Clinical presentation of fungal sinusitis is variable; however, most commonly characterized by fever, facial pain, nasal congestion, and epistaxis. Fungal meningitis presents with fever, rigor, neck pain, headache, photophobia, followed by progressive obnulation and coma.

Most common pathogens include Aspergillus in neutropenic patients and the Zygomycetes, such as Mucor, in diabetic patients. The most common pathogen isolated in CSF of immunocompetent patients that presented with sinusitis are Streptococcus pneumoniae, followed by Staphylococcus aureus, Citrobacter sp., and Neisseria meningitides. Risk factors are associated with the development of intracranial complications besides sinus infection included frontal sinus fracture and periorbital cellulitis.[2]

Radiologic findings include sinus opacification with hypoattenuating mucosal thickening and does not have the hyperdense heterogeneity typical of noninvasive fungal mycetoma or allergic fungal sinusitis. Bony destruction and fat stranding may be present. Attention must be paid to orbital and intracranial invasion. In a review, pathologically confirmed IFS CT findings with patients with acute myelocytic leukemia and CT evidence of sinusitis, no reliable diagnostic radiologic finding was specific to IFS, although the authors conclude that severe unilateral thickening of the nasal cavity mucosa was the most consistent finding.[8] Although bony erosion was not seen in the majority of this case series, bone erosion, extrasinus involvement, and intracranial spread are still cited as suggestive imaging findings.[9] [10]

Middlebrooks et al presented an effective diagnostic imaging model for acute invasive rhinosinusitis, in which by using a seven-variable model to assess the lesion (periantral fat, bone dehiscence, orbital invasion, septal ulceration, pterygopalatine fossa, nasolacrimal duct, and lacrimal sac), they established a 100% specificity and 100% positive predictive value for invasive rhinosinusitis when two or more of this variables were present.[11] Regarding imaging modalities, Groppo et al concluded that both MRI and CT have similar specificities (83 and 81%, respectively) but sensitivity favored MRI with 86% compared with 69% obtained with CT.[12]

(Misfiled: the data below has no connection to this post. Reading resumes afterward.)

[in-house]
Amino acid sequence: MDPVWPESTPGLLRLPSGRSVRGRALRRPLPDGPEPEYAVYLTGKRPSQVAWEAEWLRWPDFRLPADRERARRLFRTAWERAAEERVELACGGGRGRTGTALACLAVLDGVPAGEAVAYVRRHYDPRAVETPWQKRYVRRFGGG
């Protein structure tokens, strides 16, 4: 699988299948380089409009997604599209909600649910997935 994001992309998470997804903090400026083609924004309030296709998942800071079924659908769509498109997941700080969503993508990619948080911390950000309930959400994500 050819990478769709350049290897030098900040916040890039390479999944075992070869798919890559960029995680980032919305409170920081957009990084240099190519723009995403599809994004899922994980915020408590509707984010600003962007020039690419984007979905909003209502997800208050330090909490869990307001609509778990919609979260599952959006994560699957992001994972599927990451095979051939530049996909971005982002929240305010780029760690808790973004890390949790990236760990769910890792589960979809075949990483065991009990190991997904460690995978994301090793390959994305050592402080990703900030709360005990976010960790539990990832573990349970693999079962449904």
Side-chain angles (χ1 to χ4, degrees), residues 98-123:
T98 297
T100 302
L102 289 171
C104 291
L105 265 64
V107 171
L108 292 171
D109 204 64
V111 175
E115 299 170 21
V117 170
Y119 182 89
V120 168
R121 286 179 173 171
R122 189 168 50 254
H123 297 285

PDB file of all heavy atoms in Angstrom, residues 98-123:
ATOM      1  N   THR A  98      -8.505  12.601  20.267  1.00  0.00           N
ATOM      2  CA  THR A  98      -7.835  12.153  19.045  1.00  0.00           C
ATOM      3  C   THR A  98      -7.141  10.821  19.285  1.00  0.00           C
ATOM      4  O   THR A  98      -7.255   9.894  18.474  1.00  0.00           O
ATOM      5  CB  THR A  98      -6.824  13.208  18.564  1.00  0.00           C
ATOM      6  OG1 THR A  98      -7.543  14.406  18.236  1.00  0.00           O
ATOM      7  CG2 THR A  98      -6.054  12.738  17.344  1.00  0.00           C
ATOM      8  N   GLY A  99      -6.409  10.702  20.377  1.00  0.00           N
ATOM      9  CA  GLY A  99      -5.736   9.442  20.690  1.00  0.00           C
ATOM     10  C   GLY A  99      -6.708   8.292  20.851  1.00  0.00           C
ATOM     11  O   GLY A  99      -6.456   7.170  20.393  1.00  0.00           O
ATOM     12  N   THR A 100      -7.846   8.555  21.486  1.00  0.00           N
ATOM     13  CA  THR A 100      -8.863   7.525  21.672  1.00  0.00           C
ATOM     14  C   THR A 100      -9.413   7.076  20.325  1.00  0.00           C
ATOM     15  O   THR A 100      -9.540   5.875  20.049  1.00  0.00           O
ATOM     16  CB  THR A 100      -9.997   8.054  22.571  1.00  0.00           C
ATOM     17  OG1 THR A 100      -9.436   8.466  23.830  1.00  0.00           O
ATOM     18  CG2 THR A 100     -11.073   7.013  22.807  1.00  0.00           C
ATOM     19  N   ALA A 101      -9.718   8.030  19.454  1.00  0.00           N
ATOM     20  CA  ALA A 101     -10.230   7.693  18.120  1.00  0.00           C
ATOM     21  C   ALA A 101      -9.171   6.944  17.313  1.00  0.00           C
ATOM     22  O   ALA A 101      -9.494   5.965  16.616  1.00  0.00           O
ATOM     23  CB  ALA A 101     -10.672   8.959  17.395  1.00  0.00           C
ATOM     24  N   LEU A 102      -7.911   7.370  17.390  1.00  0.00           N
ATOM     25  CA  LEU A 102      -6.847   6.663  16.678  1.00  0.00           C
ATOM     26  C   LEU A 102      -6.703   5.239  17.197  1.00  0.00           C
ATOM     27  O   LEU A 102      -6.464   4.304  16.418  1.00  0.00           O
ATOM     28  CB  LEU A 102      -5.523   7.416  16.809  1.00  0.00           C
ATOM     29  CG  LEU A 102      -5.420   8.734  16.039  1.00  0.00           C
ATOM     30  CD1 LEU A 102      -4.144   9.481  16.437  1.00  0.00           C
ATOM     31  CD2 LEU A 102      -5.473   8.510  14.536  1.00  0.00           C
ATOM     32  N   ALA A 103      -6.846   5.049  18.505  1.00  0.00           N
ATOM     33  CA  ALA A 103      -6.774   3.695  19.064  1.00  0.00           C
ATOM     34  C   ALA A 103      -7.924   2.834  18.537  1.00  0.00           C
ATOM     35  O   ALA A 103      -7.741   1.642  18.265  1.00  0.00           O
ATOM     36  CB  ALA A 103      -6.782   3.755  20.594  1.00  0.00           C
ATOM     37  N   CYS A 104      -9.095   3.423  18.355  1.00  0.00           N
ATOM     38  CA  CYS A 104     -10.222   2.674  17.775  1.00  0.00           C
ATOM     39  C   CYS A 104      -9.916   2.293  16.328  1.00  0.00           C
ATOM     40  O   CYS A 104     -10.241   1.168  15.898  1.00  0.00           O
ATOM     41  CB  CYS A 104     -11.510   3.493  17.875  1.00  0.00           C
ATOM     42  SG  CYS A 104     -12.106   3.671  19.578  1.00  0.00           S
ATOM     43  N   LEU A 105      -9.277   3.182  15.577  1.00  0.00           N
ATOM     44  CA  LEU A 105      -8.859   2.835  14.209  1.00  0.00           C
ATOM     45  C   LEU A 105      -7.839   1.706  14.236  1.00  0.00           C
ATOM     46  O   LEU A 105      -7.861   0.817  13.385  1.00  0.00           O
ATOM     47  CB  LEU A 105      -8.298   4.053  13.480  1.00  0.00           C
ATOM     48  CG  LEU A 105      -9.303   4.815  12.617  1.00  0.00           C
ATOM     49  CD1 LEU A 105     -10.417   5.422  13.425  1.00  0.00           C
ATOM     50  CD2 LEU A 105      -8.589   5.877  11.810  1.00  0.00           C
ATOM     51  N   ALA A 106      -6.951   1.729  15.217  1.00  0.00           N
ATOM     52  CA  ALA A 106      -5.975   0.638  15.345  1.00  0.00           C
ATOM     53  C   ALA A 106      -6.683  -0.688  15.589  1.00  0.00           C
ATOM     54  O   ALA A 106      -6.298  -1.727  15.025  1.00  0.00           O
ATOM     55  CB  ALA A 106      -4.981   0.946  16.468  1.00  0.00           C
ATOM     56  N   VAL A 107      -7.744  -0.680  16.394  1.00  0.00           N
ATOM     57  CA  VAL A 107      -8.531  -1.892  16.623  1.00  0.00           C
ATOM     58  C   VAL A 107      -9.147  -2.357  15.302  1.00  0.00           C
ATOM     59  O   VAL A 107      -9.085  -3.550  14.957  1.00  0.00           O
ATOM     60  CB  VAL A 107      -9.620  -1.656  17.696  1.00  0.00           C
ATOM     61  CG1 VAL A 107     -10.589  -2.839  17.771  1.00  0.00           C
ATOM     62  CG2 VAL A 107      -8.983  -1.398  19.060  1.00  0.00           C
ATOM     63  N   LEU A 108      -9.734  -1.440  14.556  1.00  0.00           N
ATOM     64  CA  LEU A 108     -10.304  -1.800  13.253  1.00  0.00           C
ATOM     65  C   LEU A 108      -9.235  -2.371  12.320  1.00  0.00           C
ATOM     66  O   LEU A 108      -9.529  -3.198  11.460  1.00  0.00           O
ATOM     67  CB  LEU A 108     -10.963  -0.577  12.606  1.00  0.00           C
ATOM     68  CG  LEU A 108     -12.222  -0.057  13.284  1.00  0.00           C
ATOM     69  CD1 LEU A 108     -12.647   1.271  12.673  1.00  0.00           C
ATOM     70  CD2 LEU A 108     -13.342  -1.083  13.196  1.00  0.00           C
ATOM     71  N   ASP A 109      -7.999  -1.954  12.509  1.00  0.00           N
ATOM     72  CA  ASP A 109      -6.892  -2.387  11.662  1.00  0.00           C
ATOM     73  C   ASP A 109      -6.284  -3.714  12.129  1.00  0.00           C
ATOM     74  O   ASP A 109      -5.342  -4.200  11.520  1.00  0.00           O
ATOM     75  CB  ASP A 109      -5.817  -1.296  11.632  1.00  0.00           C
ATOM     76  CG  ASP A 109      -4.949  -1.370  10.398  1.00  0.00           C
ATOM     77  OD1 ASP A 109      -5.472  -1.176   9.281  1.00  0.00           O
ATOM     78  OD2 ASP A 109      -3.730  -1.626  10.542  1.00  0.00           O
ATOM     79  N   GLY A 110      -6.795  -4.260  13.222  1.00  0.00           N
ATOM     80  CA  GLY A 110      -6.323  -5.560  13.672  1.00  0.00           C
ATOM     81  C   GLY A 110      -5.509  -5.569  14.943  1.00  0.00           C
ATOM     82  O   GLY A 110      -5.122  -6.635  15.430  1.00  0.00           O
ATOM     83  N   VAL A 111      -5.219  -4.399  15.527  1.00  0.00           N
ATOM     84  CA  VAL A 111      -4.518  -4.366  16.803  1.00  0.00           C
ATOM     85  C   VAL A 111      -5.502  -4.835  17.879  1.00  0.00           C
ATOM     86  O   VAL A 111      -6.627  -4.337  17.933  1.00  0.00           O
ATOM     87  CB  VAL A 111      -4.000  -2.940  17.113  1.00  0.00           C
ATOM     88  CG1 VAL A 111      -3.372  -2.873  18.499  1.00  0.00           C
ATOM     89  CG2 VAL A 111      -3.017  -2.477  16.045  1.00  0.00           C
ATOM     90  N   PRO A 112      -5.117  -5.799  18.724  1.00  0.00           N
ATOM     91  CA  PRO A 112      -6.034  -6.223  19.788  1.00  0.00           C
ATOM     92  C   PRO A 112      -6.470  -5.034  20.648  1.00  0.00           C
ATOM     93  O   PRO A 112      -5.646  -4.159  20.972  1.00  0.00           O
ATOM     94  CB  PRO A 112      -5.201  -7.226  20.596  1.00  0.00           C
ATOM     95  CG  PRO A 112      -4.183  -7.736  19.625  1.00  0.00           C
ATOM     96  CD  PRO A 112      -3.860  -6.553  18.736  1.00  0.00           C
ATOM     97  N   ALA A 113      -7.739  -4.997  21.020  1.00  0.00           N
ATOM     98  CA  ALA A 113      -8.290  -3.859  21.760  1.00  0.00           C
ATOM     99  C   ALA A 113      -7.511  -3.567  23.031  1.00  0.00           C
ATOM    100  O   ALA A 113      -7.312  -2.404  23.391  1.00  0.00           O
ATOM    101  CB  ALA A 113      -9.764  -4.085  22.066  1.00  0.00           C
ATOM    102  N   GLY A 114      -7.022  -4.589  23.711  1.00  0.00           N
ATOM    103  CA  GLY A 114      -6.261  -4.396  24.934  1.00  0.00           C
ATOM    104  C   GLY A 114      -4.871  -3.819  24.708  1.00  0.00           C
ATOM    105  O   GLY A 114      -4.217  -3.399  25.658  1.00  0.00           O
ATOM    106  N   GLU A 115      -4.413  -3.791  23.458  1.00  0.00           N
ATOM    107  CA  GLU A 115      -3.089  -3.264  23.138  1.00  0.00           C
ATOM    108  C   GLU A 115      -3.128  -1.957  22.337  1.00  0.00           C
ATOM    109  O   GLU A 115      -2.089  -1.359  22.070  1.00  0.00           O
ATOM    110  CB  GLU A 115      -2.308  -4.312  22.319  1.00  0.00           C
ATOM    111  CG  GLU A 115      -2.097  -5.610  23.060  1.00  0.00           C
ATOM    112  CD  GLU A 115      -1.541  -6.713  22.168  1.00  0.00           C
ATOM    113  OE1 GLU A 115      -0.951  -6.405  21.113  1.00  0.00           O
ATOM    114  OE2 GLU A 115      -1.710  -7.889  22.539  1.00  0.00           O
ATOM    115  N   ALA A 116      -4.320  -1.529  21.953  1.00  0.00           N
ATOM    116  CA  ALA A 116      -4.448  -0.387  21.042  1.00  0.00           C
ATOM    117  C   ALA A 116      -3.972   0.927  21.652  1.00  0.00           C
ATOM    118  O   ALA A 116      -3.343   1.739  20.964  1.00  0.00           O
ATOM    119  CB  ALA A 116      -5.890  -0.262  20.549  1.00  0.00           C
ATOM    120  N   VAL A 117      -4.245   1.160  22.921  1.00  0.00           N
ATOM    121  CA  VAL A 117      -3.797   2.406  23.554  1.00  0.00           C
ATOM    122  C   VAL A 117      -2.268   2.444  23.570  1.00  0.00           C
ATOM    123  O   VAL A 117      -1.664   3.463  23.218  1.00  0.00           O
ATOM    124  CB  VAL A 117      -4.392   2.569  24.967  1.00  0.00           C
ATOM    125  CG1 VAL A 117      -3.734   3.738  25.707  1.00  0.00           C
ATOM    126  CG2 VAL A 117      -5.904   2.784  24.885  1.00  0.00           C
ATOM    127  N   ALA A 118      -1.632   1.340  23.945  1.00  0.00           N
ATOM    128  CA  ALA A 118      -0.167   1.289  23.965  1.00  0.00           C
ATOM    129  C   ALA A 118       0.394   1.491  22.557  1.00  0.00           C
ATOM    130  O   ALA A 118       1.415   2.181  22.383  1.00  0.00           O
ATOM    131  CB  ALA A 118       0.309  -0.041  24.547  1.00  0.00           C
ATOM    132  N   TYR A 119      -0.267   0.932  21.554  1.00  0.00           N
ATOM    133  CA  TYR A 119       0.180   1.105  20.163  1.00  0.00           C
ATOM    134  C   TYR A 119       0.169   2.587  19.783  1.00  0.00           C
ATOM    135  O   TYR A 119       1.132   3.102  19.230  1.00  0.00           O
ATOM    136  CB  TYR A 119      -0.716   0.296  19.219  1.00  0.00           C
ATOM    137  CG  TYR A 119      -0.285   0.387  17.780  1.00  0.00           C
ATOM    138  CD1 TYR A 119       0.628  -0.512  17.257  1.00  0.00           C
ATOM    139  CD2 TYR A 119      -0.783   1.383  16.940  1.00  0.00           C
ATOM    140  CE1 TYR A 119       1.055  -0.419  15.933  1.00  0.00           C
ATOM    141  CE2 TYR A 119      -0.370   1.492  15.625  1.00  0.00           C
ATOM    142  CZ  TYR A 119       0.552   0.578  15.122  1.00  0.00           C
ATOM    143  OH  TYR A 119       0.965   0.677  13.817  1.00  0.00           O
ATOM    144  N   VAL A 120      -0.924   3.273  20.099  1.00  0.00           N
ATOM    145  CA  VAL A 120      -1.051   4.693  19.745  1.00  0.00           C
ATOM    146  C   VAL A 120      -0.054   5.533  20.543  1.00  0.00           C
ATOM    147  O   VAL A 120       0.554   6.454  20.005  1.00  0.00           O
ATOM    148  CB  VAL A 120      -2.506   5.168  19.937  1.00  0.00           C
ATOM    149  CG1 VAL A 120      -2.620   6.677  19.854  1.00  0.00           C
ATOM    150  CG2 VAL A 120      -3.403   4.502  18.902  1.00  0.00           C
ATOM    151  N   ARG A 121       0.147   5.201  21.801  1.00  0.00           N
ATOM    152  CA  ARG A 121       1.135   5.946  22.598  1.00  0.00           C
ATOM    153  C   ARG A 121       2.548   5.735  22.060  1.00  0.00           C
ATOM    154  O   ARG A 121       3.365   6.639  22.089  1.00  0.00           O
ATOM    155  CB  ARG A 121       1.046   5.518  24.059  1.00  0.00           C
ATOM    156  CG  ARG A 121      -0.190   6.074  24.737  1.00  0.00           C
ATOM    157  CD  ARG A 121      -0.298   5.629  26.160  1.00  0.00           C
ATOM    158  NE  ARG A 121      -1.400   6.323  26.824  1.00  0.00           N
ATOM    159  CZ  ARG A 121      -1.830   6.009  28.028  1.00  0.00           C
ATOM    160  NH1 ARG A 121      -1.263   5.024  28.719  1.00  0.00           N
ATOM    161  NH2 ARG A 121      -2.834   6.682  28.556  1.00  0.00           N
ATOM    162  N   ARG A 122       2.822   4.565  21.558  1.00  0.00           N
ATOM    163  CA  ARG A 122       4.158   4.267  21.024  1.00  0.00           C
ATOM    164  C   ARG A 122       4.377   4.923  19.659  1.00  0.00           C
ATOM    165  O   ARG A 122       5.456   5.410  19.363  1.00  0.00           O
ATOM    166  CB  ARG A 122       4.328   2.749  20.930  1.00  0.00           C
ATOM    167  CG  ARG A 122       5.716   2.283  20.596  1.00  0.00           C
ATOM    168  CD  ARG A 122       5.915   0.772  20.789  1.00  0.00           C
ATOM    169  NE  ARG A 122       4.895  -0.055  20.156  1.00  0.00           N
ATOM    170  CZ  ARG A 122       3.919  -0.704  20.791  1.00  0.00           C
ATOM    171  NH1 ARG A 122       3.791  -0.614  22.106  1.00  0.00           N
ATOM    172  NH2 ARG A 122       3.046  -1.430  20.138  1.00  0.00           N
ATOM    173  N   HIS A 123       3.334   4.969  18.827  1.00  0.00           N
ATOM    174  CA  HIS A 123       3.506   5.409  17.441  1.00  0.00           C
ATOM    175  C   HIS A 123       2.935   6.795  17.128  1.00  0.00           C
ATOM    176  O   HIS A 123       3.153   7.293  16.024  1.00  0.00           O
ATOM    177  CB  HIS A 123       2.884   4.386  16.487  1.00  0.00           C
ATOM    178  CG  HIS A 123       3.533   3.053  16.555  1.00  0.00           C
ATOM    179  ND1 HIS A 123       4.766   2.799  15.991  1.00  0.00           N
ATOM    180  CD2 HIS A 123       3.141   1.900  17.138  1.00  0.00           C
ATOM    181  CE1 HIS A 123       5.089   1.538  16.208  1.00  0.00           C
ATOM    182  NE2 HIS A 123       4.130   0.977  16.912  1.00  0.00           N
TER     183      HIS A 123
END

The mainstay of treatment of invasive fungal sinusitis is urgent aggressive medical and surgical management with correction of underlying immunocompromise. A multidisciplinary approach for treating these patients is fundamental in achieving a satisfactory outcome. CSF analysis and cultures are the pilar for diagnosis and focusing treatment to a specific pathogen. Initial management with empirical broad-spectrum antibiotics is used prior culture results; piperacillin/tazobactam and meropenem are the most commonly preferred, other combinations include vancomycin, mtronidazole, and cephotaxime. Once the culture results are available specific antibiotics are selected and target dose are optimized for penetrating the blood-brain barrier.[13] [14]